Workplace Communications: The Downsides of Vaccine Mandates

One of the most basic tenets of crisis communications is to plan for the worst and hope for the best. With that in mind, through my work, I’ve been looking at the potential downsides of employer mandates of vaccination for the COVID virus.

If you read the news coverage, reports on vaccine effectiveness are generally positive, yet we are starting to see anecdotal stories of people who have had negative reactions which were more than temporary and that still remain.… Read the rest

Civility: One Person’s Honest Opinion is Another Person’s “Disinformation”…and the Story of How Galileo Got Cancelled

One of the hot new terms you may see bandied about in 2021 is “disinformation.”

Its users see it as a label for calling out deceptive speech, oftentimes to discredit and sometimes to censor that speech. Critics see the increasing use of the term as a propagandist strategy used to marginalize anyone who might dissent from a general narrative.… Read the rest

Free Speech: How “Misinformation” is Used to Deny Your Right to Hear

When you ate your meals in a high chair, chances are your mother or someone else spoon-fed you for a time. That was because you were incapable of discerning what was good for you and what could harm you. Eventually you learned to feed yourself and distinguish between food and the spoon itself.

Imagine if today if your mother would decide that all of the information you receive would be spoon-fed to you.… Read the rest

Apologies: Cancel Culture Does Not Forgive

There is a common assumption, particularly in public relations circles, that there is such a thing as a good apology. And by “good apology” they mean one that works on several levels. It is genuine. It satisfies the anger of your critics. It mends fences and brings a return of unity. Or, at the very least, it causes your critics to back off.… Read the rest

Want to Encourage People to Get Vaccinated? Here are some tips.

If you’re like a lot of communicators right now, one of the challenges you may face is trying to encourage employees and others to take the COVID-19 vaccine when it’s available to them.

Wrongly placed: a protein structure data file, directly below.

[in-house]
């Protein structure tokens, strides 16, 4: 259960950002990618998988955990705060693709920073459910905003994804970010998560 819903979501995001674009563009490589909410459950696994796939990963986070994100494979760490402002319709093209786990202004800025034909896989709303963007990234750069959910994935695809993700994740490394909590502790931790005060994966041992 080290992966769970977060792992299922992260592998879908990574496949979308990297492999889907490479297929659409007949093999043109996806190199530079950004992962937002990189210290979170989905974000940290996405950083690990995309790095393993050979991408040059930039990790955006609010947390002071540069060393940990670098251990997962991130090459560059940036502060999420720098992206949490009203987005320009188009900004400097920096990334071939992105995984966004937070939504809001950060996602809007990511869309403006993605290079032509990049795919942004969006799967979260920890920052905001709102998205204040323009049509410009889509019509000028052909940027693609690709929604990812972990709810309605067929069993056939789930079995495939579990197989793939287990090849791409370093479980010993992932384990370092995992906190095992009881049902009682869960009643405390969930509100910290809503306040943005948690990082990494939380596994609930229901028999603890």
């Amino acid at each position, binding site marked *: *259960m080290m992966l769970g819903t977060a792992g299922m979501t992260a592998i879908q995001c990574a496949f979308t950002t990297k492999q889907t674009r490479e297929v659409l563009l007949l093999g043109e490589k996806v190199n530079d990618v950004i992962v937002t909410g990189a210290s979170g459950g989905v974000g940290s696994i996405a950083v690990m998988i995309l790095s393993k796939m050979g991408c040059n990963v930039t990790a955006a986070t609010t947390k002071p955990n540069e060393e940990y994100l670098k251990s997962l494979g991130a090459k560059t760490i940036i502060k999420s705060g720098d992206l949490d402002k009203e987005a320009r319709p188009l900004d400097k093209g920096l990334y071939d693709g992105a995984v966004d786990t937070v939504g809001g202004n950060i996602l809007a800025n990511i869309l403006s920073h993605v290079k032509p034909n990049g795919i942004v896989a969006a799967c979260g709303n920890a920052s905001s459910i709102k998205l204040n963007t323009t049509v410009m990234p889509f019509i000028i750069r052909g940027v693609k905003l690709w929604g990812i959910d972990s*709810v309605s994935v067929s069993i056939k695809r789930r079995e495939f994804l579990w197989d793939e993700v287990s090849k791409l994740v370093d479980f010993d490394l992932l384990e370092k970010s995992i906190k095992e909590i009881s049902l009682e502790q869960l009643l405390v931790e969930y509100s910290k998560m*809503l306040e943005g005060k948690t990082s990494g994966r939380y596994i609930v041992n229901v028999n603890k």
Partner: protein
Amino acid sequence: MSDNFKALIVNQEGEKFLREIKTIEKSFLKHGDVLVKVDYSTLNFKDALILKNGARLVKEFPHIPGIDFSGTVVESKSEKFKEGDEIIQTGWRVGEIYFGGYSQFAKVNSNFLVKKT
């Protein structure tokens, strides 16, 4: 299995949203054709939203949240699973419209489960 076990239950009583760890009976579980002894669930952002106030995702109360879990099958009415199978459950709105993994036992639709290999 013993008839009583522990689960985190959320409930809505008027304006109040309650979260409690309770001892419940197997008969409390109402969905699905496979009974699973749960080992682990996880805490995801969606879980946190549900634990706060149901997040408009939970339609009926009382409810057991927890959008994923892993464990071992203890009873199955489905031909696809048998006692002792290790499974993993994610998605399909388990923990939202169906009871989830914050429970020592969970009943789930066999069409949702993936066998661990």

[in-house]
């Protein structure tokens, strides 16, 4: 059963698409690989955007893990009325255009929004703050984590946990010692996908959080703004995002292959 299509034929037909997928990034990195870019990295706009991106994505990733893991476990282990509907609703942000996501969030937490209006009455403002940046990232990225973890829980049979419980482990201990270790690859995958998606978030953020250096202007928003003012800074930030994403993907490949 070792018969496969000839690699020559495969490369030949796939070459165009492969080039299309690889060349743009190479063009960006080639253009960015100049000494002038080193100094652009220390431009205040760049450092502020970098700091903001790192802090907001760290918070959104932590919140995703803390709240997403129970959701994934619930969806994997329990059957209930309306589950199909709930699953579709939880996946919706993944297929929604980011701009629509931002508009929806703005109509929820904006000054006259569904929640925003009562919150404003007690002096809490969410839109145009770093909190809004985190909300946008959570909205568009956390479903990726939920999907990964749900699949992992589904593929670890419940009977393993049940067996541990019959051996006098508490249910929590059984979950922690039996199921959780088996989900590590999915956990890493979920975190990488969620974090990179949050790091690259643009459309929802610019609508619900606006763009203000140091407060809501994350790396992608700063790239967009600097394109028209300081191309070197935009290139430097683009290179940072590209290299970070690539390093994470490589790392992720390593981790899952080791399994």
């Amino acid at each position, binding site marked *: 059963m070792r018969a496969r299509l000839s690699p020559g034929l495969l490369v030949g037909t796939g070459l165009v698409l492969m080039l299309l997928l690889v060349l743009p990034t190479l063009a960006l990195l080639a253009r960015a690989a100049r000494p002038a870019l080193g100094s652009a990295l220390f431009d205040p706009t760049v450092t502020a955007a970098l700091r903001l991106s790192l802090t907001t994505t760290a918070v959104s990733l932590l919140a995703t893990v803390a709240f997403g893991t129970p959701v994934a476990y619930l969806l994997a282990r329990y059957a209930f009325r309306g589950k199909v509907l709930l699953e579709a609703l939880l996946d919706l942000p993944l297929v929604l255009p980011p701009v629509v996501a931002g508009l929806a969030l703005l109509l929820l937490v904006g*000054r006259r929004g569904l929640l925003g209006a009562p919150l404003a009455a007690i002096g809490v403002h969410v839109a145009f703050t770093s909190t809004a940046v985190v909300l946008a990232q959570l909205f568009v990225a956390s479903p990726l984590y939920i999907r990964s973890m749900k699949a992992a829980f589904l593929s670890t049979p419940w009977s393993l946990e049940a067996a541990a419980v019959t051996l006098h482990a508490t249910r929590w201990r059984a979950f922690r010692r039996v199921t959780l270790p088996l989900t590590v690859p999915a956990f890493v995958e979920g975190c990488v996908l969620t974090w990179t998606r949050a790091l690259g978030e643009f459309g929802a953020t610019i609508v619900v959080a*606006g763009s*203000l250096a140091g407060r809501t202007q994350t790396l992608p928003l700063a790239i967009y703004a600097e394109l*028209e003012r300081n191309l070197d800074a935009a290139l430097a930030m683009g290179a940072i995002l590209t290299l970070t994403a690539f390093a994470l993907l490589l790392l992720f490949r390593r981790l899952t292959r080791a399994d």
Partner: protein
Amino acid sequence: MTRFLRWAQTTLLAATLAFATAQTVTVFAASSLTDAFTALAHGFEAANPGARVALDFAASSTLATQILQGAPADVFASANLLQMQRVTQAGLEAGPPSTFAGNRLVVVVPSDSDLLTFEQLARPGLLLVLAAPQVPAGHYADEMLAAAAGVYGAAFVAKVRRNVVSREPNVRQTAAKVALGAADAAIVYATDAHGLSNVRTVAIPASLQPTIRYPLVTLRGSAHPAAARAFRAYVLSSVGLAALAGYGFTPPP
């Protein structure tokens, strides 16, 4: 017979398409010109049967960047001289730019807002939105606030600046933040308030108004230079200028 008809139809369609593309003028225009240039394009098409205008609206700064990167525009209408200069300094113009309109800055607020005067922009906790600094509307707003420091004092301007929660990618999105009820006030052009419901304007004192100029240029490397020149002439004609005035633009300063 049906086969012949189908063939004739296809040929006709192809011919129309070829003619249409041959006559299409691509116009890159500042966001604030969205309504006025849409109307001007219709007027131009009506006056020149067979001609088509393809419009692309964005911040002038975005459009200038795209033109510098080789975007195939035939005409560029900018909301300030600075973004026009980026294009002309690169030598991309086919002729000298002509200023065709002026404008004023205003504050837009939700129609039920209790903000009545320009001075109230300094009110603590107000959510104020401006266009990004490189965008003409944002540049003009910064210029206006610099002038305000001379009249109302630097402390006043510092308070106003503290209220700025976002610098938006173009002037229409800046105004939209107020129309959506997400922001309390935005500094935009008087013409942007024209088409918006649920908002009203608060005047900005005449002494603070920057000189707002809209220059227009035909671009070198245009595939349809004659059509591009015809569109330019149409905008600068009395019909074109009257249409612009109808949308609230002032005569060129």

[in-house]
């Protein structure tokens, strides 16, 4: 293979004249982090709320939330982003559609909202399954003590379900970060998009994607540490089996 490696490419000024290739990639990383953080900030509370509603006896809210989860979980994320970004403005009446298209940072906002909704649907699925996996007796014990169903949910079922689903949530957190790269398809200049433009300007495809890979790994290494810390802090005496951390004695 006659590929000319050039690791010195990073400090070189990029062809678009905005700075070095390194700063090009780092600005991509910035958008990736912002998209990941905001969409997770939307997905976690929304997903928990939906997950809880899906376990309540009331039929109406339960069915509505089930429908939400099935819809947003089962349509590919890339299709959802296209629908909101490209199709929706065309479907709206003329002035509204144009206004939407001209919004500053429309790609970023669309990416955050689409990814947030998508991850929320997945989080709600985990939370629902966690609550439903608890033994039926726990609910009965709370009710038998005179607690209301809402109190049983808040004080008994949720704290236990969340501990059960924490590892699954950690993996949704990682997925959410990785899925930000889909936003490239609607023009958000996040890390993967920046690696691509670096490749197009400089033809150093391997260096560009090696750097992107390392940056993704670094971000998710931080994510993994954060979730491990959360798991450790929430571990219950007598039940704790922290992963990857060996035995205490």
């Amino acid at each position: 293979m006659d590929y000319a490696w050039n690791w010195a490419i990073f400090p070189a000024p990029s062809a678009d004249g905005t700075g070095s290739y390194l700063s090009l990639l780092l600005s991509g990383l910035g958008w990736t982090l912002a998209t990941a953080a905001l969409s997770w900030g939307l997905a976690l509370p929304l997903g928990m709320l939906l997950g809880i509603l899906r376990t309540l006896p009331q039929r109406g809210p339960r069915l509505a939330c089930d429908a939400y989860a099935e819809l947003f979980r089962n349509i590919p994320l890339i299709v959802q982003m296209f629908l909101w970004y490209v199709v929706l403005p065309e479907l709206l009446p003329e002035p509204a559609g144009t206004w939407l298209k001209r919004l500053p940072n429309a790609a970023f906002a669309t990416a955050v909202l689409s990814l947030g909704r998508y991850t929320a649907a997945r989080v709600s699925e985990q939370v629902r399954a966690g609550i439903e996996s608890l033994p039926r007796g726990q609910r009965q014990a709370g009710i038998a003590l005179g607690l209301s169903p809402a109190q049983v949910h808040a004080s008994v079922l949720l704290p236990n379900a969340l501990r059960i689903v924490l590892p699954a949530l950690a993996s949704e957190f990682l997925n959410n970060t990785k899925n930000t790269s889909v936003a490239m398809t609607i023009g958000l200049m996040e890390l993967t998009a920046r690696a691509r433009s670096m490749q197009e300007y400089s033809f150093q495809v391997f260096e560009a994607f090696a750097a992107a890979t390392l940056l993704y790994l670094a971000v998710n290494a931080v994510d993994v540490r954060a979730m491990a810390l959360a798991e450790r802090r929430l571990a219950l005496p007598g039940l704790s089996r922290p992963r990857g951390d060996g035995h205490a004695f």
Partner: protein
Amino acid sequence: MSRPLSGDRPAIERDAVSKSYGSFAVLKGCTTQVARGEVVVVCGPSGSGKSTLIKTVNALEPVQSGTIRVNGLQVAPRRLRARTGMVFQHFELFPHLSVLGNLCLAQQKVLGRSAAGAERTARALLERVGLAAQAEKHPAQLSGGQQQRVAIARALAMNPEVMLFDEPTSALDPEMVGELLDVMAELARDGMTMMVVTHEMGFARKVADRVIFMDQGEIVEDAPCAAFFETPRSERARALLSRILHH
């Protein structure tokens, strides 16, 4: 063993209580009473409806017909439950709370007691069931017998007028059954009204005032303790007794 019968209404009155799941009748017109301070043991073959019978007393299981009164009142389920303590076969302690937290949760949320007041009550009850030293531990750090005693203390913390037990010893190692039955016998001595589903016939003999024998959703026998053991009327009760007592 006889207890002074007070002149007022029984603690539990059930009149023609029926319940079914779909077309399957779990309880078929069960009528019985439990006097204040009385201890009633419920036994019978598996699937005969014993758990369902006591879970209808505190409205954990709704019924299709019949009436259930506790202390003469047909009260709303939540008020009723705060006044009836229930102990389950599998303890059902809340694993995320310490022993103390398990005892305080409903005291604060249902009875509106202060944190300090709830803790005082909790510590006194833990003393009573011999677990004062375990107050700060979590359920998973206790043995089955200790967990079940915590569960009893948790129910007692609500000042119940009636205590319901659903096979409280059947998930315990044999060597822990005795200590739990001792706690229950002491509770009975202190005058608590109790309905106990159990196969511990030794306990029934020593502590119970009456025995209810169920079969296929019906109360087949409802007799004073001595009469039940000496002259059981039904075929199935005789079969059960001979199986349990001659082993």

As the distribution of the vaccine continues and ramps up, your stakeholders will have the opportunity to get vaccinated, which can have a beneficial impact on them, their families and your organization.… Read the rest

What was Said in 2020 Stays in 2020

Are you ready for 2021? I am. There is no small list of things that I won’t miss about 2020, including some words and terms that are cringey reminders of what we’ve all just been through.

So, in 2021 I vow not to waste time on a few of them. These are a few words and terms I intend to leave behind me in 2020:

The New Normal – Let’s face it, the “new normal” is abnormal and will always be abnormal.… Read the rest

The Reason Media Relations is Not Transactional, It’s a Process

For people who haven’t managed public relations programs much, one of the more common points of confusion is over how much control we have in the media relations process, and ultimately how some stories get into the news and some do not. It’s the age-old issue of newsworthiness.

In my experience, the root of the confusion often traces back to the notion that PR is a transactional process.… Read the rest

Ethics Are Not Situational: They must be standard

One of the curiosities in society, from the business sector to government and nonprofits, is that while there is common appreciation for the need for ethical behavior, we see far too many instances of unethical behavior.

Through my work in crisis and issues management, ethical decision-making is the number-one driver, not only because doing the right thing is, well, the right thing, but also because it’s the smart thing.… Read the rest